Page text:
The Best Breastfeeding Positions for Mom and Baby
Get the hang of breastfeeding by trying four popular positions—the cradle, cross-cradle, side-lying, and football holds—to find the best one for your baby.
While newborn babies can nurse instinctively, it often takes some time to get the hang of breastfeeding. "It's supposed to be the most beautiful time in your life, yet you're full of insecurities, not knowing if you're doing it right," says Irene Zoppi, RN, a certified lactation consultant outside of Boston and a clinical education specialist with Medela. To get more comfortable during feedings, play around with these popular breastfeeding positions to find what works best. You'll become a nursing pro in no time!
The Cradle Hold
Sit with your baby lengthwise across your abdomen (use a pillow to bring them to breast height). Your elbow supports their head and your hand supports their bottom. Your other hand supports the breast. If you're feeding with your left breast, the baby should be cradled in your left arm-and vice versa.
When to Use This Breastfeeding Position: This is a common position for older babies who can easily latch. But Margaret Bauer, of Keller, Texas, used it to nurse her daughter Hailey. "She was so small, and it just felt comfortable to me," Bauer says. Note: it's a little harder to control your baby's head when nursing in this position.
The Cross-Cradle Hold:
Lay baby on their side, well supported (consider a nursing pillow) and touching you. If you're feeding on your left breast, use your right arm to support baby's body and your right hand to support her head. Your fingers support the left breast.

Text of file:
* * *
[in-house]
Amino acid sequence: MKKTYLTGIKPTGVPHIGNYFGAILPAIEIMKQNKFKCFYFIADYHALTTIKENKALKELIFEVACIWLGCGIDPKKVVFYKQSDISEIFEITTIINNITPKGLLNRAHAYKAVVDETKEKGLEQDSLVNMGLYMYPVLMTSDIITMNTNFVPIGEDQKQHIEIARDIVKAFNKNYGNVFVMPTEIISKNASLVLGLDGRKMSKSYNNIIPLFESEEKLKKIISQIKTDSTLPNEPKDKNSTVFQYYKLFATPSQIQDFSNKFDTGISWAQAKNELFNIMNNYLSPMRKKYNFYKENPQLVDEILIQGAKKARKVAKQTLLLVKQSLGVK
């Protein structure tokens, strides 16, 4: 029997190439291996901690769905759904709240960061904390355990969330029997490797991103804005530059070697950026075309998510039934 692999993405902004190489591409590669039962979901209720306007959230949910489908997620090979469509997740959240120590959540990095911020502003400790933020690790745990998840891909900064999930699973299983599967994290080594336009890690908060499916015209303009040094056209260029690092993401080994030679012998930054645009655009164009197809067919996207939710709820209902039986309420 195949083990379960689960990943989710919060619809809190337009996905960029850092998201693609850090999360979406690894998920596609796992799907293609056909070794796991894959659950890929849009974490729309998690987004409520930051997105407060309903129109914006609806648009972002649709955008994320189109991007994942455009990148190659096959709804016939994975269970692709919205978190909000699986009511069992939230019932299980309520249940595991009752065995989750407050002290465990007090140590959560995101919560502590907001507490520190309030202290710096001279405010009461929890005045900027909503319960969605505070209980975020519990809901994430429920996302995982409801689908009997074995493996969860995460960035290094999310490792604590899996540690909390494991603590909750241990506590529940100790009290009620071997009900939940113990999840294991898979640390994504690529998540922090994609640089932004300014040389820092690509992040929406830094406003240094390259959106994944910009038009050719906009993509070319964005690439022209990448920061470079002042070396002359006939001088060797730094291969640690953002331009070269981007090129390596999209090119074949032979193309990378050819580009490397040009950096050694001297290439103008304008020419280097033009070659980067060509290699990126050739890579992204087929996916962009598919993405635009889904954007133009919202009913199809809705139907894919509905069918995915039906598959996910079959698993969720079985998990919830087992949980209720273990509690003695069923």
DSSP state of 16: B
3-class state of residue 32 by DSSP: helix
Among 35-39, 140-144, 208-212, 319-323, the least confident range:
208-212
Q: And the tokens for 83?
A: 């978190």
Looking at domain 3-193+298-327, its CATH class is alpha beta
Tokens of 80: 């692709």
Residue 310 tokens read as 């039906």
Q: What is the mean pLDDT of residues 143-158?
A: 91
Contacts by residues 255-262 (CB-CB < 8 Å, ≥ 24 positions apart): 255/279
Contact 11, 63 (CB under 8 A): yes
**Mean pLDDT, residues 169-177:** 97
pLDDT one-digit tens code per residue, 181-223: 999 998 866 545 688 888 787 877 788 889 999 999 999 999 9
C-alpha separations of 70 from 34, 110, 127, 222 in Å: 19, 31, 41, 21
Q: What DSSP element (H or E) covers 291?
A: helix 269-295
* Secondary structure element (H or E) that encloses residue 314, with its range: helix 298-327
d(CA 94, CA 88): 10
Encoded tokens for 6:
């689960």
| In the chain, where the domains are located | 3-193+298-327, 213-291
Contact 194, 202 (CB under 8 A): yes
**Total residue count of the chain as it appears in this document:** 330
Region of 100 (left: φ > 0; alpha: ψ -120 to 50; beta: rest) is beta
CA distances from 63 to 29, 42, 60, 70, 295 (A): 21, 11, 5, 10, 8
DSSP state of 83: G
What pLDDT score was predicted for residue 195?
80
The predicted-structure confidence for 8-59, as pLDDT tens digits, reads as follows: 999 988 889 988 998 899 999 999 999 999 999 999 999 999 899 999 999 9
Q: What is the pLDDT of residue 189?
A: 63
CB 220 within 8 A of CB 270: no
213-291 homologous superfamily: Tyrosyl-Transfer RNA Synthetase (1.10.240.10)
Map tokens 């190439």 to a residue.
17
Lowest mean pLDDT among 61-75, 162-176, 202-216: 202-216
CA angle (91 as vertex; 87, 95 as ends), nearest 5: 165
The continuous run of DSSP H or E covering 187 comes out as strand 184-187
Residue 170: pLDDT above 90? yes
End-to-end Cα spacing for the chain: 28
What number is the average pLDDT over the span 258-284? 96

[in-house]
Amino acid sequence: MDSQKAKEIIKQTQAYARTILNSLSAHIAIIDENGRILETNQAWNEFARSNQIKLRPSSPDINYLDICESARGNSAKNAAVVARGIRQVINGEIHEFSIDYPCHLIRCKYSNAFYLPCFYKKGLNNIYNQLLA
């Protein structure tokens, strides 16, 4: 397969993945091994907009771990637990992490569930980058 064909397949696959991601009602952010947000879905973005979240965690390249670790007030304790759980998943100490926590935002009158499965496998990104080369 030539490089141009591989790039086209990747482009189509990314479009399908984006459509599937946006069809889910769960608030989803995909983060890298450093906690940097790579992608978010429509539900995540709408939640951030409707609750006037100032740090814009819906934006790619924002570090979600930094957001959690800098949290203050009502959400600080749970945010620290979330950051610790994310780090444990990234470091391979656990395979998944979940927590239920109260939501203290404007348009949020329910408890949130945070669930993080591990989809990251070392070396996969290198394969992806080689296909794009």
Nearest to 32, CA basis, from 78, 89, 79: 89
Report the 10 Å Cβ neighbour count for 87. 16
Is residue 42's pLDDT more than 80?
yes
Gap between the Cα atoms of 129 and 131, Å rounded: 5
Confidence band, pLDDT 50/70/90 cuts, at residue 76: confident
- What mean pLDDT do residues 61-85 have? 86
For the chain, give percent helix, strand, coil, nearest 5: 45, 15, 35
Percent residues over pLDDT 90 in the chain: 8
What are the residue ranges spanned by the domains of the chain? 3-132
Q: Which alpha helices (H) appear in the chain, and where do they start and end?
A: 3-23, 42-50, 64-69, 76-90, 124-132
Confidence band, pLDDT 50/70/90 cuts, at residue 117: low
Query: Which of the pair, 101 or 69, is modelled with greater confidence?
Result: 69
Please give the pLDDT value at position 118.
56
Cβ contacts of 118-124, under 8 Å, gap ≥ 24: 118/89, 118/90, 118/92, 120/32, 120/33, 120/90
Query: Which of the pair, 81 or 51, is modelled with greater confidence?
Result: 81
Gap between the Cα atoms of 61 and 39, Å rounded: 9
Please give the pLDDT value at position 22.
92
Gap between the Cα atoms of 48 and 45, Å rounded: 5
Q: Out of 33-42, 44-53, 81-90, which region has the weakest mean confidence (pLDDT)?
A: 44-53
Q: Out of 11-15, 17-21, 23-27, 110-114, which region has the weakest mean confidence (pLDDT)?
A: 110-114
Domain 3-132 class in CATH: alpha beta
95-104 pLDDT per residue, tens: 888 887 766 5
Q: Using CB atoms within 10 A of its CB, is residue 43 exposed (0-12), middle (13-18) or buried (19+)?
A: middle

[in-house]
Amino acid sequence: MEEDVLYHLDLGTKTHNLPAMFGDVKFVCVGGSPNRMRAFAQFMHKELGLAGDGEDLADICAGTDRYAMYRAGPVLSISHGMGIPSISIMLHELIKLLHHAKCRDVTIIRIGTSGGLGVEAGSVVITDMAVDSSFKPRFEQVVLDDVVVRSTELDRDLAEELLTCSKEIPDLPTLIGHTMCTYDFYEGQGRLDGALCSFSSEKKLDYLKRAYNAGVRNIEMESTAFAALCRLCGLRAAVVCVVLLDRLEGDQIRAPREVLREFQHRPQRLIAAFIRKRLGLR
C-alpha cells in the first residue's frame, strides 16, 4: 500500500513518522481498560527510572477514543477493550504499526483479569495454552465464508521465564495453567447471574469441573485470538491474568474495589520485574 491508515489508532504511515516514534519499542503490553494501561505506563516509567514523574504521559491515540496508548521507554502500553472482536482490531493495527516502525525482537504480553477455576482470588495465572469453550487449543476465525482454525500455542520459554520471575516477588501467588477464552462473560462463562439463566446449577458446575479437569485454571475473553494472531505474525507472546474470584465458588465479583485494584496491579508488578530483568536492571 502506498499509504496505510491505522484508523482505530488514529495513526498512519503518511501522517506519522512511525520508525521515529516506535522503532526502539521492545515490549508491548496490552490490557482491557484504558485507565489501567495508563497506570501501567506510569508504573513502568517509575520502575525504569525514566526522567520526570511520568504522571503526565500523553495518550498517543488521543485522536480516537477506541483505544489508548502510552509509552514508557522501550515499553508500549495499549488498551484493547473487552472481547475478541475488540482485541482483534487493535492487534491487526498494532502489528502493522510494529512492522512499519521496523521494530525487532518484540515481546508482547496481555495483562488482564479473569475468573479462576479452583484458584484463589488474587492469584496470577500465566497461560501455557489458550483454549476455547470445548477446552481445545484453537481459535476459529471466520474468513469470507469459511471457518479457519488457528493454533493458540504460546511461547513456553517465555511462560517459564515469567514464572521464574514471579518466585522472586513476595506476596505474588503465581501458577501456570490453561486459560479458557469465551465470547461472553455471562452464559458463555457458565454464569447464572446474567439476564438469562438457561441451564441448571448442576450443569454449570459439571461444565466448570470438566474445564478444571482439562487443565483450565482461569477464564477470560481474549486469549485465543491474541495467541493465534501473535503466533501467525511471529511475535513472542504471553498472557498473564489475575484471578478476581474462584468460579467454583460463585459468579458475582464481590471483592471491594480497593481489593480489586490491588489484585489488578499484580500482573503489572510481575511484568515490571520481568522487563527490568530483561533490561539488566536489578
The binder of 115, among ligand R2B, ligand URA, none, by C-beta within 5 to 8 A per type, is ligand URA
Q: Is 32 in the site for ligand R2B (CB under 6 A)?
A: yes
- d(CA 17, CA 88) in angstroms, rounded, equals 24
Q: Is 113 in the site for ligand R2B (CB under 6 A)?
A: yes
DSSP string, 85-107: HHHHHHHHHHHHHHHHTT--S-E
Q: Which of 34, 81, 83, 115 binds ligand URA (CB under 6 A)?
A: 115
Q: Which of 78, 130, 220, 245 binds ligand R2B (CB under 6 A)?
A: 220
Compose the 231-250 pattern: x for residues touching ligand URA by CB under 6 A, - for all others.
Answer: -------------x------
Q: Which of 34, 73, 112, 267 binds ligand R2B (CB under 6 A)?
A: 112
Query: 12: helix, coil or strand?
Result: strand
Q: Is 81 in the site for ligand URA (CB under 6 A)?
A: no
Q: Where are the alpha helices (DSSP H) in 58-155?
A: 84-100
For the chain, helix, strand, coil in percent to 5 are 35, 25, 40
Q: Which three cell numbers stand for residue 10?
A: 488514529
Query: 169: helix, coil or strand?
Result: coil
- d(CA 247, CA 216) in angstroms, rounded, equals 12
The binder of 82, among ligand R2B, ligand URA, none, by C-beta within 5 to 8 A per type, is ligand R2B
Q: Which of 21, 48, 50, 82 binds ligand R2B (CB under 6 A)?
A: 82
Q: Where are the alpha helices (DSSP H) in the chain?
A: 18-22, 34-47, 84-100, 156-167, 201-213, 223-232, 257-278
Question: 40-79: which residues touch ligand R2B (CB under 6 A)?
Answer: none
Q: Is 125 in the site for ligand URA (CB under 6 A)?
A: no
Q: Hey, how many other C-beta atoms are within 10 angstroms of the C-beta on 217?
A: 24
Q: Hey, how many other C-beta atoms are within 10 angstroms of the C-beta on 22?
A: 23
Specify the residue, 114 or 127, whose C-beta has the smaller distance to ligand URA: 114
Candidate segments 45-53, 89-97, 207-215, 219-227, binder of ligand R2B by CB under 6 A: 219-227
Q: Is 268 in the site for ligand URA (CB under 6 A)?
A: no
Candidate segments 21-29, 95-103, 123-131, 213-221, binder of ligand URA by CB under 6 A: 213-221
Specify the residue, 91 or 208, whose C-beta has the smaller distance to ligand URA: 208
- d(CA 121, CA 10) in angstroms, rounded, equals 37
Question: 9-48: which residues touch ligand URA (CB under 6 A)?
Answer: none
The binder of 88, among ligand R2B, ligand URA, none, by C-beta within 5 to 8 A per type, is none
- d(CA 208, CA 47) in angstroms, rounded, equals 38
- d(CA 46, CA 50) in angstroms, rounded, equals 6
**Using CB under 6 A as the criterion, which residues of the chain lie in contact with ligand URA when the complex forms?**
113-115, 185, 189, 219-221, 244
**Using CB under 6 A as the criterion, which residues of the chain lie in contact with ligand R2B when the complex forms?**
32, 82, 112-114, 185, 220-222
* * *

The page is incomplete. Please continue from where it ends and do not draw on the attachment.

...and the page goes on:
When to Use This Breastfeeding Position: Many parents prefer the cross-cradle hold during the first few weeks since it offers the most control. Jennifer Macchiarola, of Basking Ridge, New Jersey, naturally fell into it with her three kids: "It felt instinctual and nurturing-I liked how most of my body touched theirs while nursing."
To feed on the left breast, lie on your left side with your back supported. Lay your baby on their side facing you, their chest against yours. Your right arm will support their body, and your right hand will support their head, bringing them toward your breast. Some mothers are more comfortable with the baby supported in the crook of their arm, as pictured here. A pillow behind your baby's back can prevent them from rolling away as they're feeding.
When to Use This Breastfeeding Position: The side-lying position is popular during first feeds and at night. "This position is a cinch when your baby wakes you in the night or in the morning when you're already lying down," says new mother Christine O'Brien, of Bayside, New York, whose daughter Sophia is three months old. But before trying this breastfeeding position, it's best if baby can latch first.
The Football Hold
Hold baby at your side, face up and lengthwise, supported by pillows. If nursing on your right side, use your right arm to support your baby at your side, and guide their head to your breast. For reference, their bottom should be near your elbow, with their legs and feet tucked under your arm.
When to Use This Breastfeeding Position: Bridget Pelosi, of Berkeley Heights, New Jersey, says this was a favorite breastfeeding position with both of her sons, who were on the bigger side. Plus, it's great for beginners: "It's an easy hold, so I could concentrate on the latching and then tinker with mastering other positions," Pelosi says. This hold is also a helpful option after a cesarean section, since it will keep your baby away from your incision. That said, it can be difficult for women with a long torso or smaller breasts.
Remember that breastfeeding is a process that evolves over time, says Stacey Rubin, MN, author of The ABCs of Breastfeeding (AMACOM). Stick with it, she says, and with practice you'll become a pro.
That said, if your baby can't latch properly or you can't find a comfortable position, it's time to call in the experts. A certified lactation consultant can give you valuable information and a major confidence boost.